Video of her recent exhibition:
and more at:
Sha Sha Higby pursued the art of puppetry and sculpture in her early years, then one year in Japan studying the art of Noh Mask and theater, then a Fulbright-Hayes Scholarship to study dance and shadow puppet making in the villages in Indonesia for five years at the Academy of Music and Dance, lacquer arts in Tokyo and Kyoto under the Japan-United States Friendship Commission. an Indo-American Fellowship to study the textile arts of India, and a Pilot Travel Grants Fund from Arts International for Bhutan, the National Endowment for the Arts in Solo Theater Fellowship, U.S. Artists at International Festivals and Exhibitions, Theater Bay Area CASH, and the California Arts Council., She has perfomed all over the world,Europe,Bulgaria,Switzerland,England,,Holland,throughout the United States,apan, Korea,Taiwan,Indonesia,Hong Konh and Singapore.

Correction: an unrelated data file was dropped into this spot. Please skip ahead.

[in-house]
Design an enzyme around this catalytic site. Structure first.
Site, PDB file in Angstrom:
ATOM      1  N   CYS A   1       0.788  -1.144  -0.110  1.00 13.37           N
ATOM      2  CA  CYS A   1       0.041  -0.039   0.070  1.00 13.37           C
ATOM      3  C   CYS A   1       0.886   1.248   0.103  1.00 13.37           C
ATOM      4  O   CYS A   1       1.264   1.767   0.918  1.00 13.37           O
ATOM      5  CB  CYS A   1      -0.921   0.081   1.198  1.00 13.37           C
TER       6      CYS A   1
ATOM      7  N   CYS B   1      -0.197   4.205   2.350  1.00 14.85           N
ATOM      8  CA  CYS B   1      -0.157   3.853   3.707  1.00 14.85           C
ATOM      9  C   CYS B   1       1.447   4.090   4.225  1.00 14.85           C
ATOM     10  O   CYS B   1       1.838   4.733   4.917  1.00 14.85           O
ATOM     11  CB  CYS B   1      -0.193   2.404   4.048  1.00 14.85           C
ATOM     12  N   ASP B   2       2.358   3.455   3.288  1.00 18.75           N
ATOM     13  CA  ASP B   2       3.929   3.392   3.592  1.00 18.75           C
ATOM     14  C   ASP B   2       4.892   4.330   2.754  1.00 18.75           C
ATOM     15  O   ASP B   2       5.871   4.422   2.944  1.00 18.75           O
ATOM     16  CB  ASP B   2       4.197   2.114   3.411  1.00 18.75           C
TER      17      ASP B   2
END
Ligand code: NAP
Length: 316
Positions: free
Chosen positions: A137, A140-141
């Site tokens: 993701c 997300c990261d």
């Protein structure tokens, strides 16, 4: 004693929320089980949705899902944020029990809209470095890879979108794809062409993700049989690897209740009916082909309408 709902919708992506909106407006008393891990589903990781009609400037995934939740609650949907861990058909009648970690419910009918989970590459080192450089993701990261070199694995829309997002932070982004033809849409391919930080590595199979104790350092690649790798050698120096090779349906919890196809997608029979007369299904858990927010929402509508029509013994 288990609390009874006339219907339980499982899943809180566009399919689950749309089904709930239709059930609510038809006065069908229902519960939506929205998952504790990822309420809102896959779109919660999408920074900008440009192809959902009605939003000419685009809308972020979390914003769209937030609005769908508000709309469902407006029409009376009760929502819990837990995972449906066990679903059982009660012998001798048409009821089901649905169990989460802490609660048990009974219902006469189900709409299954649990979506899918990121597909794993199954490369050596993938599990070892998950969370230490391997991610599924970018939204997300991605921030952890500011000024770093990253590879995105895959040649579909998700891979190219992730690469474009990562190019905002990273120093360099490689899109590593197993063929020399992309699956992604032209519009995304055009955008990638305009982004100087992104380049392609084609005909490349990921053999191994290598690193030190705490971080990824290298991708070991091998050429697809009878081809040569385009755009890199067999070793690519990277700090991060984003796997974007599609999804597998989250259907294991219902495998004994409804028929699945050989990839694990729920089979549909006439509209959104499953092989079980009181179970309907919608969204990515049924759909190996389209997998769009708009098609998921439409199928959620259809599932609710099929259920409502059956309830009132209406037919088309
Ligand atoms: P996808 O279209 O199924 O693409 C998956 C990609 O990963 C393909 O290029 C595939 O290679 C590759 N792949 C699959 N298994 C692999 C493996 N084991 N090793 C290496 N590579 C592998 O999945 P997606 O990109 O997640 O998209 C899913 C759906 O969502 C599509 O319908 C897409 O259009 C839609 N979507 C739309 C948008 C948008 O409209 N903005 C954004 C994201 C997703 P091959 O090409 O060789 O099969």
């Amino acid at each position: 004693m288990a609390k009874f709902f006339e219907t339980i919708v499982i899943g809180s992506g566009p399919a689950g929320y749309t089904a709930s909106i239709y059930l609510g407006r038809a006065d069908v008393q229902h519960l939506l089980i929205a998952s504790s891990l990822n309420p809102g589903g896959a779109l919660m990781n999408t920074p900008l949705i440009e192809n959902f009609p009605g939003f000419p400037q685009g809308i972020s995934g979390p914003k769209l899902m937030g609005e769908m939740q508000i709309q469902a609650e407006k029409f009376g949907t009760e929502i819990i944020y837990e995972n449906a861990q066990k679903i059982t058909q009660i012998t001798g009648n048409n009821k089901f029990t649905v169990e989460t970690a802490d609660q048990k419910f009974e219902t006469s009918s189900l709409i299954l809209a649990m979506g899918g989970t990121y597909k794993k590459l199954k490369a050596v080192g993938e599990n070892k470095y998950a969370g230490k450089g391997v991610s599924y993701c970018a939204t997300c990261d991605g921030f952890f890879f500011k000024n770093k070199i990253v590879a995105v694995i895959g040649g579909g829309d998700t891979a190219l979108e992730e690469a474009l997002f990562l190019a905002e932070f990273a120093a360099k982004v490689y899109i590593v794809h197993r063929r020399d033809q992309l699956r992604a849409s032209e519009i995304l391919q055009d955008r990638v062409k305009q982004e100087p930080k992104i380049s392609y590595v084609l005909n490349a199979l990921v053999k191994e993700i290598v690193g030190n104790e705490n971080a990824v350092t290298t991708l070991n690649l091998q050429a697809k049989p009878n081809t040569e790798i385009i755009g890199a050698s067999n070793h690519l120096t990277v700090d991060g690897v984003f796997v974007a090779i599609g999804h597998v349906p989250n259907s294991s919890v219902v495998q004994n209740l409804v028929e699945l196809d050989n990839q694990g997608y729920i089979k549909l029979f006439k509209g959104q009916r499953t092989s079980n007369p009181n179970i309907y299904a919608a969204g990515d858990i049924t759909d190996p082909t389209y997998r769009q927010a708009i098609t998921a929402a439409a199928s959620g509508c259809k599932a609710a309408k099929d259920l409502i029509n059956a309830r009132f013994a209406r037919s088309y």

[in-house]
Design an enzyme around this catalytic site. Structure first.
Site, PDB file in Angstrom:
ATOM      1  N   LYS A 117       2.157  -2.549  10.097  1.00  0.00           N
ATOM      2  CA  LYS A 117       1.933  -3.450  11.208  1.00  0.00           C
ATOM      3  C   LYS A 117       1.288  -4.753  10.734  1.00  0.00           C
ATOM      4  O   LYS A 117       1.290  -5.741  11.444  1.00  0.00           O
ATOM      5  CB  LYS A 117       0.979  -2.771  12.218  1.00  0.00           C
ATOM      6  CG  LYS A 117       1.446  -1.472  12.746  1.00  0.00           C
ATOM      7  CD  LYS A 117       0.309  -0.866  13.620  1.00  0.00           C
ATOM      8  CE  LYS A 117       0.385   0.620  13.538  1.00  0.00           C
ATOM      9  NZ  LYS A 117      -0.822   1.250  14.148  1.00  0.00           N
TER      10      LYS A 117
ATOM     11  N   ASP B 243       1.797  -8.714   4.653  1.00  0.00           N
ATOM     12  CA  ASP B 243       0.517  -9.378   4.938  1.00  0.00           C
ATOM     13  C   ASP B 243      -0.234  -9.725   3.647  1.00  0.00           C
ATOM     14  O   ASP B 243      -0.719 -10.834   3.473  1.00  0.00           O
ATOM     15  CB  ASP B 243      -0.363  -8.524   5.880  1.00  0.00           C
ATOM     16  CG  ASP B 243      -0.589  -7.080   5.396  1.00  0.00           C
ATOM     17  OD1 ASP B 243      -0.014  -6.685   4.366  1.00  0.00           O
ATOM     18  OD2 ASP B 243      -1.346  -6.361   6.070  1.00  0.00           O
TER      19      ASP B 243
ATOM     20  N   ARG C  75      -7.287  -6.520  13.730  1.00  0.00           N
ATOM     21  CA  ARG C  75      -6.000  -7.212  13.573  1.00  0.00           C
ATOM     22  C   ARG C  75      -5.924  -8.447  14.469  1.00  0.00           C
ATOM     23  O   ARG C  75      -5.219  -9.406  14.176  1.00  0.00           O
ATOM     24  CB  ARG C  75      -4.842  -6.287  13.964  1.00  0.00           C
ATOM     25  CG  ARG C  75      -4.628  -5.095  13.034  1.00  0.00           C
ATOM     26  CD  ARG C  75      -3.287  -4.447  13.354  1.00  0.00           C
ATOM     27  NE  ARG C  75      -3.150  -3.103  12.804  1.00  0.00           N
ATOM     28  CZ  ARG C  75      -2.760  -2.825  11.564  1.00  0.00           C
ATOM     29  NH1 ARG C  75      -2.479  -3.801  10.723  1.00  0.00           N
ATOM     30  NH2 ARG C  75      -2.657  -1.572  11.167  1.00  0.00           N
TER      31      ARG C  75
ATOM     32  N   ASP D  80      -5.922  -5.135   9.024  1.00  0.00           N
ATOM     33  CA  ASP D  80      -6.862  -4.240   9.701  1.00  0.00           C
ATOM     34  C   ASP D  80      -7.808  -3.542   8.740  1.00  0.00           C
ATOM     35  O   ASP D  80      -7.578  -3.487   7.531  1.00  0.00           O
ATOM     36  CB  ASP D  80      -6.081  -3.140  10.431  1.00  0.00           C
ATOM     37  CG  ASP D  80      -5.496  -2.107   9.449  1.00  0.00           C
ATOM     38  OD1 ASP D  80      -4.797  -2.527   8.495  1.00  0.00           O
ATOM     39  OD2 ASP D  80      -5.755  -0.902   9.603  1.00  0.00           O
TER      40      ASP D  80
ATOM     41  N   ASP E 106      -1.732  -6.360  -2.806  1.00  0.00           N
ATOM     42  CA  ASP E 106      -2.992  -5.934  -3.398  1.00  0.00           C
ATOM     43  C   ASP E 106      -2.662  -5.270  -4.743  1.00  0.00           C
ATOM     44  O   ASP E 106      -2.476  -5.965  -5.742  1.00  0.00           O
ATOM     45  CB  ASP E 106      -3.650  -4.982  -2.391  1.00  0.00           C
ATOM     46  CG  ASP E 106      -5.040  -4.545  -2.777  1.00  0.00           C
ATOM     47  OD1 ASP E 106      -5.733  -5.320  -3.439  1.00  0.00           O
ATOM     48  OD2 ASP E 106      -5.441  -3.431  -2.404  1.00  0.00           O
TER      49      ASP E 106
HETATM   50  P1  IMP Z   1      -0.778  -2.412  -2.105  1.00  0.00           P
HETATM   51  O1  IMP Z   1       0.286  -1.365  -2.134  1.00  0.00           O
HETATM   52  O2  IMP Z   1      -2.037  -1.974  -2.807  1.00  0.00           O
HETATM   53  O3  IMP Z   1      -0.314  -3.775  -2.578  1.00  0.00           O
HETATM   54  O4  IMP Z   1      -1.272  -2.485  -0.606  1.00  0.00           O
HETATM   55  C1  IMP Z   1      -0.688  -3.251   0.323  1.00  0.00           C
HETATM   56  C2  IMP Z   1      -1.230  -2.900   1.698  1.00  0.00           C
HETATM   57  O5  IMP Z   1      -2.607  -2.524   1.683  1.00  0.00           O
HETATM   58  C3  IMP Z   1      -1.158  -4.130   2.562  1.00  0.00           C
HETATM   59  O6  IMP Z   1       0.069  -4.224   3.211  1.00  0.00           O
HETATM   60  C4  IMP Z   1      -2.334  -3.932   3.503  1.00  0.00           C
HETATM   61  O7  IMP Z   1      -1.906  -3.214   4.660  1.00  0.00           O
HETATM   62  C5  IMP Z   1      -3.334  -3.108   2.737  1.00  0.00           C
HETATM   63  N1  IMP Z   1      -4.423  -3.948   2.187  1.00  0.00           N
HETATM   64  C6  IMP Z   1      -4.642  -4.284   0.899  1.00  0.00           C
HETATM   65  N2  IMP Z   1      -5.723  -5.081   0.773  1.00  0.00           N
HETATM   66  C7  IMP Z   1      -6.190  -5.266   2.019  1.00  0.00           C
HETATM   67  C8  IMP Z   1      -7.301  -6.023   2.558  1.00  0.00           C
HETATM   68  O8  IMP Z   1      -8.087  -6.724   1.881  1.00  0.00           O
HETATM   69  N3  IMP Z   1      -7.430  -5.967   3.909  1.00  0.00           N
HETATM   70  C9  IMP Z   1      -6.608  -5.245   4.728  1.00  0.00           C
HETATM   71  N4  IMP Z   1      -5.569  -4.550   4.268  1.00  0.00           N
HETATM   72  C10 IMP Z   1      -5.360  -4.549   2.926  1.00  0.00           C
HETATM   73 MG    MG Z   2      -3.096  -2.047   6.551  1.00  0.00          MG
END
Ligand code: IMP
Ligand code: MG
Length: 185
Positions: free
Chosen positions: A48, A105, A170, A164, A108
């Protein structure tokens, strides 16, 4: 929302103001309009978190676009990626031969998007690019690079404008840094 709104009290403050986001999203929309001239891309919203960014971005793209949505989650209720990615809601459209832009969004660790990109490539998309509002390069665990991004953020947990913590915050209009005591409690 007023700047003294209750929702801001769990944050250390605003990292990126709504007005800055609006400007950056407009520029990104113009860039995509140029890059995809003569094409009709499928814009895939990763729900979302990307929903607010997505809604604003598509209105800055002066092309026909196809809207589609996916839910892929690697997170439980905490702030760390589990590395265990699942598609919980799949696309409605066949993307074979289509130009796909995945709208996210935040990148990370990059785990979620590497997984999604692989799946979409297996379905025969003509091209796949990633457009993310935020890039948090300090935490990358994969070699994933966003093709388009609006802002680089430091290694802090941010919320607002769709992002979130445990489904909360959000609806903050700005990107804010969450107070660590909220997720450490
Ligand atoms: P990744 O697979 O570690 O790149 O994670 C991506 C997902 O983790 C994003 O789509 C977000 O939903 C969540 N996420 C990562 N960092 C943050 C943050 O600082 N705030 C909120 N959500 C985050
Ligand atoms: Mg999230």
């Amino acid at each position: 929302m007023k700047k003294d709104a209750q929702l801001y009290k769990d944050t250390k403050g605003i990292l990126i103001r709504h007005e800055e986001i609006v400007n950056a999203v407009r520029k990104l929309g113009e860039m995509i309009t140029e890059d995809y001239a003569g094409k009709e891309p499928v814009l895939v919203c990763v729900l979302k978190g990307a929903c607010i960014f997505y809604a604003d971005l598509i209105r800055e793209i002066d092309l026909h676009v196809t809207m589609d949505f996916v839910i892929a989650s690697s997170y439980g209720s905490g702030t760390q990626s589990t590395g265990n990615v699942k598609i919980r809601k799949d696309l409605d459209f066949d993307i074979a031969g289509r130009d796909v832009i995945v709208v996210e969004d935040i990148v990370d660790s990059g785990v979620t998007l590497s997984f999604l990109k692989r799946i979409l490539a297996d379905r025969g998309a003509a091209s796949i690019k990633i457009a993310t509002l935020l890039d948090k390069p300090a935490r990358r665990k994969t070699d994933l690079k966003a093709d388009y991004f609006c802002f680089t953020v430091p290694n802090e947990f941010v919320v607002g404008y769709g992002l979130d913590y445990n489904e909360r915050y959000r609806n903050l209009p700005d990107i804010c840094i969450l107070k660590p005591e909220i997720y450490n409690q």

California artist SHA SHA HIGBY sculptures are intricate and complex, inspired by her experiences in Asia and beyond. Her unique sculptures are made to move with her living body as the driving force. Meticulously crafted over the course of years, her sculptural costumes use a variety of mediums including paper, wood, glass, enamel, Asian lacquer, and gold leaf. Higby combines visual art with puppetry and dance to bring together audiences in an invisible ephemeral experience. “My work is never linear. It’s very open, so people can interpret it differently.” Truly breathtaking and unlike anything you’ve seen before. See if you can find the words to describe it.
“Bolinas’ always mesmerizing performance art hero” – San Francisco Chronicle
“…attend a Sha Sha Higby performance to leave you feeling reflective, refreshed and inspired.” – The San Francisco Bay Guardian
“Assemblage artist and sculptor Sha Sha Higby’s performances are the stuff of opium dreams, like Where the Wild Things Are meets a Chinese New Year parade. Shape-shifting, embroidered, larger-than-life costumed agents move interpretively to the sounds of bells and props, as if an arts and crafts store were possessed by an otherworldly spirit still getting used to its new limbs and parts.” – Chris Tenchard, SF Weekly